Earlier this week, my husband and I drove through mid-Michigan mucks—historically, prime land for growing mint. In fact, at the turn of the 20th century, our state supplied 90% of the world’s supply of mint oil!*
Along with North America, this aromatic herb is native to Eurasia, southern Africa, and Australia, and since antiquity has been valued for its heady scent and invigorating flavor. Mint was tossed into baths, drunk and eaten, and used medicinally.
Mint’s MOA: Scientifically and Culturally
Menthol is the essential oil that gives mint its cooling effect. When menthol binds to receptors on sensory neurons, calcium ions move into the cells, sending a “cool” message to the brain.†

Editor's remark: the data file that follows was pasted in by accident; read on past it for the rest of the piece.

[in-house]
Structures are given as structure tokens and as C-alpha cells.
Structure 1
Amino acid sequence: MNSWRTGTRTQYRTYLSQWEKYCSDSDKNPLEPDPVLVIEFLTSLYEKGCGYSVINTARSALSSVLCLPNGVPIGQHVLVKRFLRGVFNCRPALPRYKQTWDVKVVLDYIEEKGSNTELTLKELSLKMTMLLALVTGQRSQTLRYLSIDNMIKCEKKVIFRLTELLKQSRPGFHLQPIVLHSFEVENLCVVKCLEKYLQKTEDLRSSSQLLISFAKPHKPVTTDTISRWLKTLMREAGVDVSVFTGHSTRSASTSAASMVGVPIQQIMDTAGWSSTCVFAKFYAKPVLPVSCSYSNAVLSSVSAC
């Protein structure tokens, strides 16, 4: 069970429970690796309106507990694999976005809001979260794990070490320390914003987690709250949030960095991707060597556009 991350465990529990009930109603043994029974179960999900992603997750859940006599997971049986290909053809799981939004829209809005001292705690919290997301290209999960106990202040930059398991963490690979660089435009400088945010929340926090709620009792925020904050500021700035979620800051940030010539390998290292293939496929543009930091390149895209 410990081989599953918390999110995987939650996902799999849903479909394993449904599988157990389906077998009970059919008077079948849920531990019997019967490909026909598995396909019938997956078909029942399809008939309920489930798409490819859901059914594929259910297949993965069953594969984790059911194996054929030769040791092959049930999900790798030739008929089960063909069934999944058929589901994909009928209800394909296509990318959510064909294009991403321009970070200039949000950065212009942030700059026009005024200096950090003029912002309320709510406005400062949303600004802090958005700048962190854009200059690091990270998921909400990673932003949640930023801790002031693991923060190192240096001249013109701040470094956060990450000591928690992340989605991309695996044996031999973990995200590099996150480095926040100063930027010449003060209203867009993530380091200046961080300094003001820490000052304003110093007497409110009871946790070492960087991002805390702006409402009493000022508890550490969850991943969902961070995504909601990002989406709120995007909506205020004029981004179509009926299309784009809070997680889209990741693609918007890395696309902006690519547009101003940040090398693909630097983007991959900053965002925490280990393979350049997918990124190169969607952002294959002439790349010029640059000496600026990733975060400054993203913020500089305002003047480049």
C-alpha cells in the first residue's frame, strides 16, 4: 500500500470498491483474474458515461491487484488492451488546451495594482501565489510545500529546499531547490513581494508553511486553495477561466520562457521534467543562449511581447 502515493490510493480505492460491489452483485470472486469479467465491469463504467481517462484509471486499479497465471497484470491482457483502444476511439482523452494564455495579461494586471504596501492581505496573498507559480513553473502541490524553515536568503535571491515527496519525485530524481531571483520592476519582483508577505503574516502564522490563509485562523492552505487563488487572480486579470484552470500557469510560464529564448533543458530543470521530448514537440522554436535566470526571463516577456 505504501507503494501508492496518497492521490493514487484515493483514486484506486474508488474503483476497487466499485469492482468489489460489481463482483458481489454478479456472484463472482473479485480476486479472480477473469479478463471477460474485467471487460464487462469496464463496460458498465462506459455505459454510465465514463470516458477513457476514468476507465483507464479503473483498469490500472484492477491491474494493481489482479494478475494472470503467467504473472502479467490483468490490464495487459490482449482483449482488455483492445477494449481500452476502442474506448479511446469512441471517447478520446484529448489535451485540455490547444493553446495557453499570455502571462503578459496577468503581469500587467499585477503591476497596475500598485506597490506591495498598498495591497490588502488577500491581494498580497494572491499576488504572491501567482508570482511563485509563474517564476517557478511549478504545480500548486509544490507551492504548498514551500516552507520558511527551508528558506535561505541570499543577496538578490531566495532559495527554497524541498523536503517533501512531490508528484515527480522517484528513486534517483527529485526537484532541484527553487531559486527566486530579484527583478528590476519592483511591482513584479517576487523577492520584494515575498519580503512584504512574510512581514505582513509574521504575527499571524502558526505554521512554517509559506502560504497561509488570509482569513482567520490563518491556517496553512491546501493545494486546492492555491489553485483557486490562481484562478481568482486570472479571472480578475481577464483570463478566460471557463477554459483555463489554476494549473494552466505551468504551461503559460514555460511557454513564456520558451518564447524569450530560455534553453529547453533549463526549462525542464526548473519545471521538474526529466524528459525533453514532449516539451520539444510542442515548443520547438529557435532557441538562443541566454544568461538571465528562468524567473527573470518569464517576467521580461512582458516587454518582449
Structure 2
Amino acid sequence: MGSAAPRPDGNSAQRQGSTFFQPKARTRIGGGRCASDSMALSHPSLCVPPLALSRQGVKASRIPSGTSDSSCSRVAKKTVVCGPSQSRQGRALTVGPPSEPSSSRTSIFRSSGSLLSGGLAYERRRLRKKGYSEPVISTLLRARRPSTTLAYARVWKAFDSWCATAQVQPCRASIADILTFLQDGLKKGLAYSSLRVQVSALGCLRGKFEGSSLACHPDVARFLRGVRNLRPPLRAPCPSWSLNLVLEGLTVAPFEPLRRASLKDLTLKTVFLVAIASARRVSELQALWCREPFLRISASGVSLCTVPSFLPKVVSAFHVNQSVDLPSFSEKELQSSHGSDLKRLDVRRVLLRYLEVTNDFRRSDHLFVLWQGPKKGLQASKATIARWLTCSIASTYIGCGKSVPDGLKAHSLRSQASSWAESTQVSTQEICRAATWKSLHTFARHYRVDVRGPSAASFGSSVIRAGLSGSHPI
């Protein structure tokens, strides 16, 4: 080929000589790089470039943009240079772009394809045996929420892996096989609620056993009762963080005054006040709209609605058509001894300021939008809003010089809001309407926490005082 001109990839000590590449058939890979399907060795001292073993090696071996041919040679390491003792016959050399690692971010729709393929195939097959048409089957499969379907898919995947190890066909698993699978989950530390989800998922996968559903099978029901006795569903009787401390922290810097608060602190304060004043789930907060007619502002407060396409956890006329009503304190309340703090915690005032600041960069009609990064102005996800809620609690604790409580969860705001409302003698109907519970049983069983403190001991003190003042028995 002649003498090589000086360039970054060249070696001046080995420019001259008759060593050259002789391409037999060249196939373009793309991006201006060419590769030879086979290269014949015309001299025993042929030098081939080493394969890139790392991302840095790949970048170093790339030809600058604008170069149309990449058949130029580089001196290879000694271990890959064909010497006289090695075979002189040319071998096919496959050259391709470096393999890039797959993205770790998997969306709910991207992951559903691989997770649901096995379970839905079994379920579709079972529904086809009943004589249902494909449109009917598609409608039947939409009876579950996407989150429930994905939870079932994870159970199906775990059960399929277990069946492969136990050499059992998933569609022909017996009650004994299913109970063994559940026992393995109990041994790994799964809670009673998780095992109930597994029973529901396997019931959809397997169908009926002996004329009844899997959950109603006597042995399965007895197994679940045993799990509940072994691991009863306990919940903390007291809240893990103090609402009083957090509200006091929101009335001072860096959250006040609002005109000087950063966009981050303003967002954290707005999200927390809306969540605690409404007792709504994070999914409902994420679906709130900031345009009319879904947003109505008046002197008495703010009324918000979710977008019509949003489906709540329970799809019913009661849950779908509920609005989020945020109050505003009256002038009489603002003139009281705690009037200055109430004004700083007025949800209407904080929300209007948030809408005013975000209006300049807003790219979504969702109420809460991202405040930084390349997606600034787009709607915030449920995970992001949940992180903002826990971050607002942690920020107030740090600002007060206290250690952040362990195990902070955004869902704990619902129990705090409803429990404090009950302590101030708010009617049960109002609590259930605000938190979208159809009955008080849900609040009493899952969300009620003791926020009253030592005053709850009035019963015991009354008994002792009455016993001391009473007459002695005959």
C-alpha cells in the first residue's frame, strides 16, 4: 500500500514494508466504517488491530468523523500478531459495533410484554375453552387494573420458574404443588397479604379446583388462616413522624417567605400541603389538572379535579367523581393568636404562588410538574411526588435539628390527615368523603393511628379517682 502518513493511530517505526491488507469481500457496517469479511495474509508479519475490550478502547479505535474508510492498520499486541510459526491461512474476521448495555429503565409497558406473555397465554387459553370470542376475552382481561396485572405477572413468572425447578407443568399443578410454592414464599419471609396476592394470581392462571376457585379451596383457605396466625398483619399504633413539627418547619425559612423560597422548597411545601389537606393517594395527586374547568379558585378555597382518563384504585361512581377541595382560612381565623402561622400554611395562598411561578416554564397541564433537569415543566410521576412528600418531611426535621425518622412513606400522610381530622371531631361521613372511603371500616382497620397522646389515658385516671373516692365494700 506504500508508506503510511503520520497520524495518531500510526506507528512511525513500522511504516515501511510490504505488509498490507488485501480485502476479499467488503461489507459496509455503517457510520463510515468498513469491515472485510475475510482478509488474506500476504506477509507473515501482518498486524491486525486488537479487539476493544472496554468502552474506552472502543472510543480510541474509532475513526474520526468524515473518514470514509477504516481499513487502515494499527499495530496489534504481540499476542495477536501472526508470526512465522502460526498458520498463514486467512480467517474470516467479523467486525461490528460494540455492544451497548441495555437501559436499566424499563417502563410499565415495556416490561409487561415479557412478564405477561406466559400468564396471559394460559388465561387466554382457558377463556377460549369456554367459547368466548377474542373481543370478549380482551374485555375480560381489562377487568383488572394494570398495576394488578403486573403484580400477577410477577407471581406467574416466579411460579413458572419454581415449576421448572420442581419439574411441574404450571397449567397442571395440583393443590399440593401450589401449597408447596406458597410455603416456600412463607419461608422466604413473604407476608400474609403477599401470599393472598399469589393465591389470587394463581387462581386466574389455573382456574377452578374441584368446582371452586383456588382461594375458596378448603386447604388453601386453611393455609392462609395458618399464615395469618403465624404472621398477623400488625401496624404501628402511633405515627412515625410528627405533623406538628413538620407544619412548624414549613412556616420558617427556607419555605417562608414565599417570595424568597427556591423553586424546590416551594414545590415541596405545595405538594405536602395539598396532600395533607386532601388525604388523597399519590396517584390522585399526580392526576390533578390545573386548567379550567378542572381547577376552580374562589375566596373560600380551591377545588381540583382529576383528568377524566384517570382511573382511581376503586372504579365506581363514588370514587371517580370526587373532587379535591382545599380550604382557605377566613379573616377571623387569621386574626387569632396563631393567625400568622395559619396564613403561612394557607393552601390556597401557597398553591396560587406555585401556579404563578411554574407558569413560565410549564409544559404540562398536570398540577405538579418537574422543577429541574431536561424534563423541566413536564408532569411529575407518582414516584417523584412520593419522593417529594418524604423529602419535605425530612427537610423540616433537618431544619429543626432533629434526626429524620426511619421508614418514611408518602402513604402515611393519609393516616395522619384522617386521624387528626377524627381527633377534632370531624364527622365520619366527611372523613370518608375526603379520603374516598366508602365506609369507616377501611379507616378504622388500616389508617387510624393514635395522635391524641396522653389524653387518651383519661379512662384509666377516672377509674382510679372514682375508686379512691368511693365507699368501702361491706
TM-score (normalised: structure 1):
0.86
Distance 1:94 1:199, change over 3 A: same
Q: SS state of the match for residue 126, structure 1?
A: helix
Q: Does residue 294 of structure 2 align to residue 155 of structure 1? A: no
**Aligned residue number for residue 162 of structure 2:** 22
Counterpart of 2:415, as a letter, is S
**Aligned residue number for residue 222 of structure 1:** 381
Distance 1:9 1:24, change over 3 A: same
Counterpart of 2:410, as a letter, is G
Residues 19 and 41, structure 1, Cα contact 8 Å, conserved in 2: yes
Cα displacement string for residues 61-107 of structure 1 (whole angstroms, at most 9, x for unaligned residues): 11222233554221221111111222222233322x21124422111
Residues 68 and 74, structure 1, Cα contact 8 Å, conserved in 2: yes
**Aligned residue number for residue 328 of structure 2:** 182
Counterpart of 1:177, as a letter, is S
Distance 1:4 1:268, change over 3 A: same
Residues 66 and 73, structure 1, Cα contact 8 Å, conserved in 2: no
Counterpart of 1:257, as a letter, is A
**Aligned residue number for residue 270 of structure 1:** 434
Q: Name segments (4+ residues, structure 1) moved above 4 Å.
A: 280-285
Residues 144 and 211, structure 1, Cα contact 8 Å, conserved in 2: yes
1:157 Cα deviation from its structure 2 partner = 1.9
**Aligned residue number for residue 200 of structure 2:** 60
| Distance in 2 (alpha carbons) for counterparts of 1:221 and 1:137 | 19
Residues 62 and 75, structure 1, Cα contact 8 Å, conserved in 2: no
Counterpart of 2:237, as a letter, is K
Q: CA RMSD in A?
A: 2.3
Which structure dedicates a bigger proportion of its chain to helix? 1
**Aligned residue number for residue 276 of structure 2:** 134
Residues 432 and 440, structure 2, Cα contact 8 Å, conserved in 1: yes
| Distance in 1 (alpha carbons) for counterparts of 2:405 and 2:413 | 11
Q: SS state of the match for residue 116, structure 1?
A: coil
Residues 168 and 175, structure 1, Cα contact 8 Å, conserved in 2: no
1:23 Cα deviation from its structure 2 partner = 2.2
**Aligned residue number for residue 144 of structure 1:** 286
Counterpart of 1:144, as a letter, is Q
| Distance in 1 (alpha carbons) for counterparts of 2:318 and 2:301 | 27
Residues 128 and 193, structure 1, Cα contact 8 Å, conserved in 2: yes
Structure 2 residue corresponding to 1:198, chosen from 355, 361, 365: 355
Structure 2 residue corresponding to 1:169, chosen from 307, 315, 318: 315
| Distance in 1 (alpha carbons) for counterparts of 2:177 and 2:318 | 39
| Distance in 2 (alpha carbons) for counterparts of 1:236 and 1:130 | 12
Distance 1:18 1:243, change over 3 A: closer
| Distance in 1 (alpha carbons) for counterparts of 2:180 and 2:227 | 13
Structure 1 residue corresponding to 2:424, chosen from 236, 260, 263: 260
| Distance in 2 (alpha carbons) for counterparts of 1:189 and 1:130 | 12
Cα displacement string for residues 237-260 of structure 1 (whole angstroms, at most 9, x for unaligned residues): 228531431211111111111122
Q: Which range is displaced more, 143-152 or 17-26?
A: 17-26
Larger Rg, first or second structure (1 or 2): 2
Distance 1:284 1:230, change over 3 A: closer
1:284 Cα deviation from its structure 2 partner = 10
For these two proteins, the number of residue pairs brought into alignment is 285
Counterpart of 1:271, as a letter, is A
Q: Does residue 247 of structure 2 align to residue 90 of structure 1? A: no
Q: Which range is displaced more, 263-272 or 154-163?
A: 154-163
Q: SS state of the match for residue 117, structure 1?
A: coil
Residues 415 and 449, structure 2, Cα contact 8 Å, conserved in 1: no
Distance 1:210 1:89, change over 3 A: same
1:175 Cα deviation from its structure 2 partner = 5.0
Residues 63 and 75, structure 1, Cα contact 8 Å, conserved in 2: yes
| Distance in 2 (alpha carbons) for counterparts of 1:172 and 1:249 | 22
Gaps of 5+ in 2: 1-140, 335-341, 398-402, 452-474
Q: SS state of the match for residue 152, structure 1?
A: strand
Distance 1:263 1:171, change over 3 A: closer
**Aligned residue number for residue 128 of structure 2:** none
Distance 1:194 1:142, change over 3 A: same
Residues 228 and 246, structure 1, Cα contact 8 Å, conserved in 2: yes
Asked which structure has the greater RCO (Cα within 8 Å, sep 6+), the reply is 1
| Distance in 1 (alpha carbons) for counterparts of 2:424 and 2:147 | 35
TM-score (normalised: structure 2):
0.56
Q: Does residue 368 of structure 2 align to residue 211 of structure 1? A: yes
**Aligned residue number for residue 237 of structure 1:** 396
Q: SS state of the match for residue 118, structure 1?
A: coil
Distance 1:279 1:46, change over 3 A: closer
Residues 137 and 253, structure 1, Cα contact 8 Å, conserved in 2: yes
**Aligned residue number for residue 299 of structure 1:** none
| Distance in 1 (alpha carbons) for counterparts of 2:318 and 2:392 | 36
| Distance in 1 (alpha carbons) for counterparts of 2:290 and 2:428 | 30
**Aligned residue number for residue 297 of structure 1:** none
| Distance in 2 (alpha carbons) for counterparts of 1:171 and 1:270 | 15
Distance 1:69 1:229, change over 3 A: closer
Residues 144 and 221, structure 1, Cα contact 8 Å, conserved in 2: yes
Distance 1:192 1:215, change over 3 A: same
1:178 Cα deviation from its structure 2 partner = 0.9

No wonder mint is so popular in the southern, sultry states of the U.S.—in the form of mint juleps—and in Morocco in northwest Africa, where sweet mint tea is embedded in the culture.
Mint, in fact, means hospitality in many regions (think “hospitality mint”!). In Morocco—with African, Arab, Berber, and European influences—the architecture emphases community, and mint tea signifies family and hospitality.
Mint Melded with Tea
Tea apparently was introduced to Morocco in the 1700s as trade between Asia, Africa, and Europe grew. By the 1800s, China green gunpowder and Young Hyson teas were being imported into the country.
Moroccan mint tea is traditionally made in a silver teapot and then poured out while holding the teapot high above the glass. This both cools and froths the tea.
The sweet brew—made of green gunpowder tea, mint leaves, and sugar—is served in beautifully decorated glasses.
While I didn’t pour my Moroccan Mint tea into a Moroccan glass, I did make sure to brew it at 194°F for 2 minutes and enjoyed it hot on this chilly morning.
This tea is also excellent iced—especially cooling on a hot, sunny day, and perfect to offer to family and friends!